Monday, January 2, 2012
We would quietly run down the hill, past the trees separating the yards, pause, then scurry behind the garage. Between the garage and the fence was a narrow space where we would stealthily walk down. This is where we had to be really quiet, we were close to our subjects now. The Bakers lived behind us and there were three girls, a couple of parents, and some older step brothers who would occasionally stop by. Dusty and I would peer around the corner and watch. That’s the extent of it. We liked to do this sort of thing a lot. We called it spying. On this day, after the spying got boring, we decided it would be fun to see how close we could be to the edge and pee toward the fence without being seen.
When you’re six and you’re hiding, you are often overconfident that you’re not seen, but six year olds tend to ignore the giggling sounds they make. So, there we were just peeing our little hearts out when we were busted. In mid-stream, Dennis, the oldest, biggest step brother must have spotted us because he came out of the back door with a stern, “Hey!” All I remember is running, I don’t remember the logistics of if we stopped our business, or how our shorts made their way back up. In our minds he was chasing us and we had to escape against all odds. As a man myself now, I’m sure he said, “Hey!” and walked back inside without giving it a second thought.
I don’t know what it was about spying when I was a kid. There was something about the thrill of seeing without being seen, or the potential of hearing something that wasn’t meant for kids’ ears, or just the challenge of it, but I loved it. It was a fairly common occurrence, I would say, mostly at family get togethers. I suppose it’s the same principle of building forts. My brothers and our friends built a lot of makeshift forts over the years in the yard and we were thrilled at the idea that someone could be walking down the sidewalk and not know we’re even there, draped in the shade of the bushes. Although, I will admit that there was the moment of doubt when we would all assemble in the fort and quietly realize that it would be a rare occurrence that anyone would spot us, care to spot us, or want to do some sort of battle.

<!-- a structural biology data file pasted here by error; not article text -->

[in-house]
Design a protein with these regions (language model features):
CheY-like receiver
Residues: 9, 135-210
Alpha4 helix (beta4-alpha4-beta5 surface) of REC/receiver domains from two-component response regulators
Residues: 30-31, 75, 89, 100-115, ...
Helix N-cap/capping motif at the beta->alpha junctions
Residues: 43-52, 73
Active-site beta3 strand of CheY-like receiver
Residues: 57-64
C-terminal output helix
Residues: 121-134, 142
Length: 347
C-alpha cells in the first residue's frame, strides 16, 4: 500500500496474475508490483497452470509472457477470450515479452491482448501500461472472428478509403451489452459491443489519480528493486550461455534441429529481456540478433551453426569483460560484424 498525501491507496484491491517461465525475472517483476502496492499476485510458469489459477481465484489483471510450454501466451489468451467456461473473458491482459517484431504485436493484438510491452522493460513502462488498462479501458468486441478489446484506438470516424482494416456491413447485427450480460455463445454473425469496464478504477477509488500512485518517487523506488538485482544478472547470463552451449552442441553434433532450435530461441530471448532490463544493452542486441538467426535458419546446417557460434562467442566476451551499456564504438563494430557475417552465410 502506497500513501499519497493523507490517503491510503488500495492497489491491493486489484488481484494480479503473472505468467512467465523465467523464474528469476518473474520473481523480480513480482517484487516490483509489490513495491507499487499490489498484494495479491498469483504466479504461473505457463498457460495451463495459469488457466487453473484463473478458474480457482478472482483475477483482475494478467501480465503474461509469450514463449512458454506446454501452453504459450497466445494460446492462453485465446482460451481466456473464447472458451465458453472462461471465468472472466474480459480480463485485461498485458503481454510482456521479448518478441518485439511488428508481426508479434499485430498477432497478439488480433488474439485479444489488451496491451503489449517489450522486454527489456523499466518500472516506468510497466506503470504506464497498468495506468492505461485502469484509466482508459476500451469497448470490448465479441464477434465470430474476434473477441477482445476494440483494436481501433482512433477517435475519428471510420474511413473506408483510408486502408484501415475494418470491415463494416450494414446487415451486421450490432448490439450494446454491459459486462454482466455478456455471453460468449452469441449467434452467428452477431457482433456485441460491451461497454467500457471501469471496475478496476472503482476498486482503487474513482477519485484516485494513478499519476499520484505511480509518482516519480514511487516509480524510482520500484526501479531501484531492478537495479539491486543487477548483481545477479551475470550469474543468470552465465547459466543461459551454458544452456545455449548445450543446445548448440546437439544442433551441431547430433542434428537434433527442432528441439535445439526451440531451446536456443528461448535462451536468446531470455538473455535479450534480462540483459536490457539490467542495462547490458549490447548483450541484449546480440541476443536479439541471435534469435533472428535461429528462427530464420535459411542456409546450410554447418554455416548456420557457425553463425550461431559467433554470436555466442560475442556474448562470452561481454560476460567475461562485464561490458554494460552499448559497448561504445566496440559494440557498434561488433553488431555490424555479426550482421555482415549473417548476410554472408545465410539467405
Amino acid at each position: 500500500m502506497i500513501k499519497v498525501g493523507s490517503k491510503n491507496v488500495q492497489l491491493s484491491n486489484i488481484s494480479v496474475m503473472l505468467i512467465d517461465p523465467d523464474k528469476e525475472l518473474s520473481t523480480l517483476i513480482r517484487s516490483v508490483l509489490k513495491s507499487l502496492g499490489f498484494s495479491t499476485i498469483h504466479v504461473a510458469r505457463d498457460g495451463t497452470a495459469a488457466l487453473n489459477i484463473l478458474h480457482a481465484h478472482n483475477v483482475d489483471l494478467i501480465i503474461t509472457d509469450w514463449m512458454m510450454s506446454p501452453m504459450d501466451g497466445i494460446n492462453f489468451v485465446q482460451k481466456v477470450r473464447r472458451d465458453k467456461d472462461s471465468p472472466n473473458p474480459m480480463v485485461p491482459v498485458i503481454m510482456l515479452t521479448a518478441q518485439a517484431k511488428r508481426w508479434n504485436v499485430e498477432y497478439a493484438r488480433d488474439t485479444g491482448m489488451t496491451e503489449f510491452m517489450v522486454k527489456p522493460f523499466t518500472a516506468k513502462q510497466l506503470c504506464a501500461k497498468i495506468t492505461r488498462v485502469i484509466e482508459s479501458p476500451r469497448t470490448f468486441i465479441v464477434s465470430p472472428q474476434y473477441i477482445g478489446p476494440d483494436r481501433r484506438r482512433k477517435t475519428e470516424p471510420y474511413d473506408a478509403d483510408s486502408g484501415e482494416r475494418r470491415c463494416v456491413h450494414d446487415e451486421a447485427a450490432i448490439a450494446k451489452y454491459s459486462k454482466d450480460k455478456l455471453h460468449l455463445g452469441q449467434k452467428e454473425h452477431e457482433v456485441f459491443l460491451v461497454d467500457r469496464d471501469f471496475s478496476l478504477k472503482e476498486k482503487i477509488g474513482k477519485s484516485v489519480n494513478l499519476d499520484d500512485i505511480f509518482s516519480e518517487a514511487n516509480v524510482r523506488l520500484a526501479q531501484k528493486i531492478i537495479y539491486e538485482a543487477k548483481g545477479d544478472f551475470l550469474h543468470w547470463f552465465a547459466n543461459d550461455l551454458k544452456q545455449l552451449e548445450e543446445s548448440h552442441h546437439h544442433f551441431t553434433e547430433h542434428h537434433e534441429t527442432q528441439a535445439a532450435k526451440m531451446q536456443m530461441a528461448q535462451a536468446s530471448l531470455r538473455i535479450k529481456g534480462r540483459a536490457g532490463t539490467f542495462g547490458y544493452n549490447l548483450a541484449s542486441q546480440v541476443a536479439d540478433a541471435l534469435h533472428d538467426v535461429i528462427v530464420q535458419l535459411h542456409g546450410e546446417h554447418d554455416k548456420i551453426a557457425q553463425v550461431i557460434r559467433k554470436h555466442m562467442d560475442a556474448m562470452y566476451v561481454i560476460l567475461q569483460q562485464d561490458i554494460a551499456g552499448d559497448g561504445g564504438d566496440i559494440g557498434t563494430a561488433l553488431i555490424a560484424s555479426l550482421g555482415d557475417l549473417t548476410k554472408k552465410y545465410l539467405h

For Christmas one year I even got a little listening device that had an antennae. I would hide it near my aunt and uncles, then run to the other room and turn the radio on. I would try to find the frequency on the radio and listen to the salacious details about traffic and whatnot. I was a good spy, and a prolific spy in my day.
Now, I guess I’ve grown out of it.
I don’t hide behind couches, or under blankets, or under tables.
You can’t do that when you’re an adult.
Nope. Now, I just use Facebook.